The internship struggle: it’s real. Whether you’ve landed your dream internship, or you’re just stepping into the great unknown world of intern-dom, there can be a lot of pressure to “leverage it” into something more.
Are they going to want to hire you after your three months are up? Is this the job that you want to have when you graduate? How can you even tell?
Going from part-time intern to full-time employee is a big step, but it’s never something that’s out of reach. No matter what position you’re in, it’s on you to show your boss why you’re just what they need.
But going beyond just a stellar performance at your internship, we wanted to know what the practical steps are in landing that post-internship job. So we talked to several industry experts to get their thoughts on the matter.
Check out these tips below and see how you can make the most of your internship, and hopefully turn it into something more. Good luck!
So here are our tips, straight from the, Nathan Parcells:
According to Nathan Parcells, the cofounder of InternMatch, “This is the most important thing in an intern can do. An internship is an extended interview and if you constantly over-deliver on projects, you will be viewed as an A player and indispensable.”
As an intern, you’re not just there to carry out the tasks at hand, you’re there to stand out as intuitive, extremely helpful, and a valued member of the team. Be sure to check out the InternMatch blog in the link above for more tips on exactly what exceeding expectations may look like for you.
Stay In Touch
“Follow-up with check ins on how things are going or when you hear about big new updates from the company,” and be sure to stay “top of mind” as Parcells puts it. While not every internship is going to have something open for you immediately, that doesn’t mean they don’t want to use you later on.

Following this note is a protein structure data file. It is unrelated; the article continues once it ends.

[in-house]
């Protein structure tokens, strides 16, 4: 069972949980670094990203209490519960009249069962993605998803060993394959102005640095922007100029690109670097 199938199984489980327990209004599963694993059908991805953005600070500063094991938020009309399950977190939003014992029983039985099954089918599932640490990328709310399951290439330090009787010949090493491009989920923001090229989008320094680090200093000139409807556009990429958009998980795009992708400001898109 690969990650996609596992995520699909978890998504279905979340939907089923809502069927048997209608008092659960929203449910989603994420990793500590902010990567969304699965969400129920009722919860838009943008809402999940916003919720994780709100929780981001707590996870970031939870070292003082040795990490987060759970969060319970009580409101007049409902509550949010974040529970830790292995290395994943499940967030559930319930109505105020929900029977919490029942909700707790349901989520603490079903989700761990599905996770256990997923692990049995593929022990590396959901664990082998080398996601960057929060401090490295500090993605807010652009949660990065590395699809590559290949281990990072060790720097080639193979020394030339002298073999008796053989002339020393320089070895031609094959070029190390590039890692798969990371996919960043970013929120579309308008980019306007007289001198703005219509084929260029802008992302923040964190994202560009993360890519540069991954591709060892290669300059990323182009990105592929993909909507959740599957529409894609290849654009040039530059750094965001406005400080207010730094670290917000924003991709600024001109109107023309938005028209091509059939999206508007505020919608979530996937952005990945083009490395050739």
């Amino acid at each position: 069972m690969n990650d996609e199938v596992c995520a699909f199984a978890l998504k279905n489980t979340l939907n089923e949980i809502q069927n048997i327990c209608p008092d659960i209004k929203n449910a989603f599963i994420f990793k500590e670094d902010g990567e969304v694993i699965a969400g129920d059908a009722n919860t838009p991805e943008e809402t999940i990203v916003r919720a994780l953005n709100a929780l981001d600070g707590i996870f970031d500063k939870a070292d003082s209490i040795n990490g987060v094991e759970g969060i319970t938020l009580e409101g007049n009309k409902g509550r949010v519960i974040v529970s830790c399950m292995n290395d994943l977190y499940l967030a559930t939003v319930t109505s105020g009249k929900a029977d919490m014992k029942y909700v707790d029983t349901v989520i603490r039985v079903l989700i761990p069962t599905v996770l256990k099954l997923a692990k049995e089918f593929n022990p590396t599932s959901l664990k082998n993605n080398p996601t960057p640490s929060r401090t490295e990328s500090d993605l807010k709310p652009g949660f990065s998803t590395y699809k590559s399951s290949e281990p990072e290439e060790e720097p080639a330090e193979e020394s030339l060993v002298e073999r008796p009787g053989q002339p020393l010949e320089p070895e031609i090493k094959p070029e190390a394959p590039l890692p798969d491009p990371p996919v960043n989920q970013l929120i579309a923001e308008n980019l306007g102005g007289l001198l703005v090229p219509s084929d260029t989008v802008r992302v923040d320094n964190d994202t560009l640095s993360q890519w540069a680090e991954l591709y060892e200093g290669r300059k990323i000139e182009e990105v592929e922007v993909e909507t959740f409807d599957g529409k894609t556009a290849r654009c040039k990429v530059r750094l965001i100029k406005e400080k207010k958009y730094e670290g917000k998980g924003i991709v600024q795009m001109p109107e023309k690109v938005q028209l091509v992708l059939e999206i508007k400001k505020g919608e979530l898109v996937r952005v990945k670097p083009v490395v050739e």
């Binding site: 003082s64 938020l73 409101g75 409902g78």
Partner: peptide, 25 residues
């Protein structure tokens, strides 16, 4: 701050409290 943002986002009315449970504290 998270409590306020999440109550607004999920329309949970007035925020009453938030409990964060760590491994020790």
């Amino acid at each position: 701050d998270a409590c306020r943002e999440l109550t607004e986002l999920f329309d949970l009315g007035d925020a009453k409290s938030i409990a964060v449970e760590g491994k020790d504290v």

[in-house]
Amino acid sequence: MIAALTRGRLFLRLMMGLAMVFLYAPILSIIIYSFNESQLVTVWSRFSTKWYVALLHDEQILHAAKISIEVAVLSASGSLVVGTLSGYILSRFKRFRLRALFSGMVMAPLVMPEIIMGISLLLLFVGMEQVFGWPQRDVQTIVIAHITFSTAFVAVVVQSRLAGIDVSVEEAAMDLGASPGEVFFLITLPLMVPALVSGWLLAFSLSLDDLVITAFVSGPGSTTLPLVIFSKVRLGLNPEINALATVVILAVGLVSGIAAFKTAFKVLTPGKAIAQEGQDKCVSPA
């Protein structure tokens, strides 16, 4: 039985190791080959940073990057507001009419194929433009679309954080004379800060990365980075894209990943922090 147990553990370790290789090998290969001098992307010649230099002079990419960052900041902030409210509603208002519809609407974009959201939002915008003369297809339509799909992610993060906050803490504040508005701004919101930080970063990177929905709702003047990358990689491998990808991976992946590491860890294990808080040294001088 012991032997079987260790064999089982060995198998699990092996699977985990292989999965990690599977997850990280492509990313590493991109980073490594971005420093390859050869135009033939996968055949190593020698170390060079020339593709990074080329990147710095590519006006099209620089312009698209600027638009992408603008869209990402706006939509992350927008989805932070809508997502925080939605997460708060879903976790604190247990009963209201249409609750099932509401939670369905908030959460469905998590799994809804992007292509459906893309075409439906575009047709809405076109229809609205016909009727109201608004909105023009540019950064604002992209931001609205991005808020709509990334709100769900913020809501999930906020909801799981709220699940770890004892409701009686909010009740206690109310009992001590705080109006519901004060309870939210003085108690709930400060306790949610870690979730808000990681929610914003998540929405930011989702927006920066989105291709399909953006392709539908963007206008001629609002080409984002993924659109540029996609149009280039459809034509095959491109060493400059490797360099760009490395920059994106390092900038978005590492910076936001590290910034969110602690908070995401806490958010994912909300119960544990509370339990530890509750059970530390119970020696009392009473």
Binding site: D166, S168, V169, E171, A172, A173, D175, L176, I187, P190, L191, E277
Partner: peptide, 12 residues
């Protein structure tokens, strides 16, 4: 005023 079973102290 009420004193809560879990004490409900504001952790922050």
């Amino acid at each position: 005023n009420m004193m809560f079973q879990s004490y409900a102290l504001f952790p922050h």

The reality is, people are constantly going to be applying for positions at that same company. If you’re not at the forefront of your bosses mind, then you may slip through the cracks. The only way you won’t is if you own that communication. Don’t let a good opportunity go to waste.
Ask For More
“Manage up if you need to” is what Parcells recommends. Ask for more projects, and find out what the ultimate goal is for different assignments. While it can be great to get a task done quickly, it’s even better to have a full picture of what you’re working towards with that one task. “Make sure this is all clear so you can knock your goals out of the park.”
In the heat of competition, you need someone higher up who is going to be willing to go to bat for you. Parcells recommends that you “Take initiative and develop relationships that turn into a network that can provide you great opportunities in the future, even if not for that company.”
Part of the benefit of a great internship is that you’ll meet a lot of people—and they all know that you’re looking for a job. If you can learn how to network well, then you’re naturally going to find someone who can use you to fill a need!
Always Do More
“Express interest in more areas of the company than just your role. Set up meetings with people in other departments to learn more about how they run. Get your work done—and then ask your boss for other projects you can help with that will really move the company forward.”
Check out The Muse’s daily articles in the link above for more advice on being a great intern!
Communicate Your Interest
Let them know you want the job early on! As Greenawald puts it: “As both an intern turned full timer and someone who now hires and manages interns, I think one of the biggest things you should do is show how much you’re interested in the position… You want to show that you’re not just a good worker, but someone who’s really invested in the company.”
How will a company know that you want the job if you’re just scraping by in your internship? You hold a coveted position that a lot of people were vying for: take advantage of the time that you have and show your boss how badly you want that job!
Actions Speak Louder Than Words
“I once had an intern approach me asking what one ‘annoying but necessary task’ on my plate was, and if she could take it on,” says Greenawald. “Her willingness to take on some not-so-exciting work to help me and for the good of the company is something I’ll never forget—I’d hire her in a second if she weren’t still in college!”
If you do your job exceptionally well, then a company is going to want you—whether you’re available or not. Focus on being the best intern that you can possibly be, and take advantage of every opportunity you can to prove that they can’t go on without you.
In the end, it may not be a job at that company, but you’ll undoubtedly find success in those relationships and skills that you built along the way.